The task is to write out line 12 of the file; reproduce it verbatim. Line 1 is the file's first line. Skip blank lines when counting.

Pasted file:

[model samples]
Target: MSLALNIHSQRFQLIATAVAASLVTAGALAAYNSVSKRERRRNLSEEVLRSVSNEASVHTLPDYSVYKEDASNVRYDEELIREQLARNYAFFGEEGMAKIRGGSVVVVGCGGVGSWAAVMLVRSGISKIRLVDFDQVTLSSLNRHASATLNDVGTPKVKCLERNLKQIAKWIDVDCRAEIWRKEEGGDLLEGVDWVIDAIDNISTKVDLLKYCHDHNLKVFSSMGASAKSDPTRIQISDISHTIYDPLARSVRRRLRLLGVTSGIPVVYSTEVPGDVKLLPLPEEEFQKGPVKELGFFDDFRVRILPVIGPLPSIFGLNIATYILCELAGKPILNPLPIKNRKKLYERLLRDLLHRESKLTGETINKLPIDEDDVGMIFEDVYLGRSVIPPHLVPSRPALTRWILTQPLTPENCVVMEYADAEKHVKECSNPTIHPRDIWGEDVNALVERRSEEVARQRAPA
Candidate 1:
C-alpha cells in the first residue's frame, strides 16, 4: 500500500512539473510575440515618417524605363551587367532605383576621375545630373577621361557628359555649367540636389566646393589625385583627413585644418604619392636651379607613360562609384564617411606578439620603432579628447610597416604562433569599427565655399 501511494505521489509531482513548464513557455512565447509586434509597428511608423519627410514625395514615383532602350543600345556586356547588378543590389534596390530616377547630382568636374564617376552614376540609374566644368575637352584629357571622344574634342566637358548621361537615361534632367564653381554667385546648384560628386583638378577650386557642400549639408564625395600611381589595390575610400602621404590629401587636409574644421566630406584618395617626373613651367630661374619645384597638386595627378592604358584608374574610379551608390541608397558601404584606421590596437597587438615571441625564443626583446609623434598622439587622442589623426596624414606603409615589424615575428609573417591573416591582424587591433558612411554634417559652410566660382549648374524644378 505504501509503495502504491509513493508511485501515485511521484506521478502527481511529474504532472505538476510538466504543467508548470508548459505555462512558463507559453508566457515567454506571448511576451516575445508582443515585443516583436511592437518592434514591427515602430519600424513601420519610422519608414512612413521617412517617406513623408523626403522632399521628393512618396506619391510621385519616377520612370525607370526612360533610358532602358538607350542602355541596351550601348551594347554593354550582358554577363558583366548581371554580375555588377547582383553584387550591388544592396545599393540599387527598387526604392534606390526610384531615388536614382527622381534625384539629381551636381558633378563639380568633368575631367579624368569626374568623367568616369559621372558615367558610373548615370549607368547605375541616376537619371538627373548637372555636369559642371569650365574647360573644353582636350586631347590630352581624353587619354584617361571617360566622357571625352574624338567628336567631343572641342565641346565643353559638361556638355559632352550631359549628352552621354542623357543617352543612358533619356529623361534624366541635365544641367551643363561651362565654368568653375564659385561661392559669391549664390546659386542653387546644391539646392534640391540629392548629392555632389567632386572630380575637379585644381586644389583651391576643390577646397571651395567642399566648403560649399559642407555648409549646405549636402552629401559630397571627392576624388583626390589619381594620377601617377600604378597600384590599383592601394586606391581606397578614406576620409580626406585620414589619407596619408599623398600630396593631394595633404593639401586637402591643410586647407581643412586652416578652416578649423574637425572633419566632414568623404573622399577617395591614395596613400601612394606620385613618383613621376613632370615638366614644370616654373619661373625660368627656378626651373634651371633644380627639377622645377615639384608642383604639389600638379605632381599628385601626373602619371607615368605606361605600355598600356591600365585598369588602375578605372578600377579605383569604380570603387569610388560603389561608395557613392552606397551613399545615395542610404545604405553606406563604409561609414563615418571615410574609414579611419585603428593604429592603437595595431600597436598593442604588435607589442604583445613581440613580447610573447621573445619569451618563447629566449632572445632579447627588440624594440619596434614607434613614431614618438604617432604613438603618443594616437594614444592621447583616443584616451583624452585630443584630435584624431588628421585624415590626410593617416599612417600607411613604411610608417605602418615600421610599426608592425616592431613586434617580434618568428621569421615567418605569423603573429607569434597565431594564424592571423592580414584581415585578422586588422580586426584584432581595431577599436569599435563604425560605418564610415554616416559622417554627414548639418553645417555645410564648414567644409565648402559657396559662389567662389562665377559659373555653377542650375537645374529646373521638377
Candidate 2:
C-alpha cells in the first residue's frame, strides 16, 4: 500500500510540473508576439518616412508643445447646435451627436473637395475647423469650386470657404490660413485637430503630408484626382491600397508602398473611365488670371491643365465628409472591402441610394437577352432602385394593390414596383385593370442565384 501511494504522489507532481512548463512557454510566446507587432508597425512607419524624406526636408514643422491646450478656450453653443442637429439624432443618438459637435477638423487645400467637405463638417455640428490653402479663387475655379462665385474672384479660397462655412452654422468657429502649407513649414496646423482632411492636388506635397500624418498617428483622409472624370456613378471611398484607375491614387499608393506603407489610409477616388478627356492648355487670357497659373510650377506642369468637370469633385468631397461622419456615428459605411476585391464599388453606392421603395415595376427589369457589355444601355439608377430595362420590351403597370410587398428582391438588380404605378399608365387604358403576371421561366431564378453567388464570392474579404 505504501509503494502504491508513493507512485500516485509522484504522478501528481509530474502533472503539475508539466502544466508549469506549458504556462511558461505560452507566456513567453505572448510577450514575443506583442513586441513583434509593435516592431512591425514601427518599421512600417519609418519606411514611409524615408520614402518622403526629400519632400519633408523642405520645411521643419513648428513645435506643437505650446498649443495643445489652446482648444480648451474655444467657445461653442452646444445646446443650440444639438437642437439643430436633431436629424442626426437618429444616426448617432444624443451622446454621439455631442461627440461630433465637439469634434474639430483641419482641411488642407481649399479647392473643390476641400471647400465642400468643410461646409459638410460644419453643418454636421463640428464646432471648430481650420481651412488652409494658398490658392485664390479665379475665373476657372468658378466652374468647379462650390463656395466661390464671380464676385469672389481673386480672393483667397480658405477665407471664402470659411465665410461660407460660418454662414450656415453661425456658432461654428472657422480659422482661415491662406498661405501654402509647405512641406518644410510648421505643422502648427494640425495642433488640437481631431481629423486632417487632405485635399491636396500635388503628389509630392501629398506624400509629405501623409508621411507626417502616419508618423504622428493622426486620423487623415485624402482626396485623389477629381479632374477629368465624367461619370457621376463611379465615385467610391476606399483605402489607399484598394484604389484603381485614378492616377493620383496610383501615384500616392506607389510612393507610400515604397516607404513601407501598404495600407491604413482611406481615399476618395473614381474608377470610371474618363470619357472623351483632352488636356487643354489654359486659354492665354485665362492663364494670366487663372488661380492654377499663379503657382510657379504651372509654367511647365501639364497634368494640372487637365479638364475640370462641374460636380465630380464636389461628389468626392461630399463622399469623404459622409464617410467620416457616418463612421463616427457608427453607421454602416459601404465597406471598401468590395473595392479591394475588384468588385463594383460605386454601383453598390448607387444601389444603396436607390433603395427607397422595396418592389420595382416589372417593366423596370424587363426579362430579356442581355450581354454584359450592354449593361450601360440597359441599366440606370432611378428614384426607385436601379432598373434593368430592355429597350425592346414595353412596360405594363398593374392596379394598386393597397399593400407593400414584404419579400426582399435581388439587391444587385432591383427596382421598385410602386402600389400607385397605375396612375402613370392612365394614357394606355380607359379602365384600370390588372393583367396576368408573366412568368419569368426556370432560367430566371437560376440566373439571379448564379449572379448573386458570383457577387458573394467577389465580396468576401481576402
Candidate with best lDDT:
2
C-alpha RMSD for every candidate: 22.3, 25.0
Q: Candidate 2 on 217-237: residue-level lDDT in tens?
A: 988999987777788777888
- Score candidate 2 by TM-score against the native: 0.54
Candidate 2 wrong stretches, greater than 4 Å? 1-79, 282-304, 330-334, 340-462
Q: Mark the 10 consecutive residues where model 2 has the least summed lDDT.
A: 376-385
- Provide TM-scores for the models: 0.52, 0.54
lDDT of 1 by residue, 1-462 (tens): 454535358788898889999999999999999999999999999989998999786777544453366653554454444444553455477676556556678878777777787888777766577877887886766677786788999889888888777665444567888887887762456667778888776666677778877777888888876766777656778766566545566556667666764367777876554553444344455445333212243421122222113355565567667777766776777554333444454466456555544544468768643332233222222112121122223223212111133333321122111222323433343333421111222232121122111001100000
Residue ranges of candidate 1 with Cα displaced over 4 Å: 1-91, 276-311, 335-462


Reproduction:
- Score candidate 2 by TM-score against the native: 0.54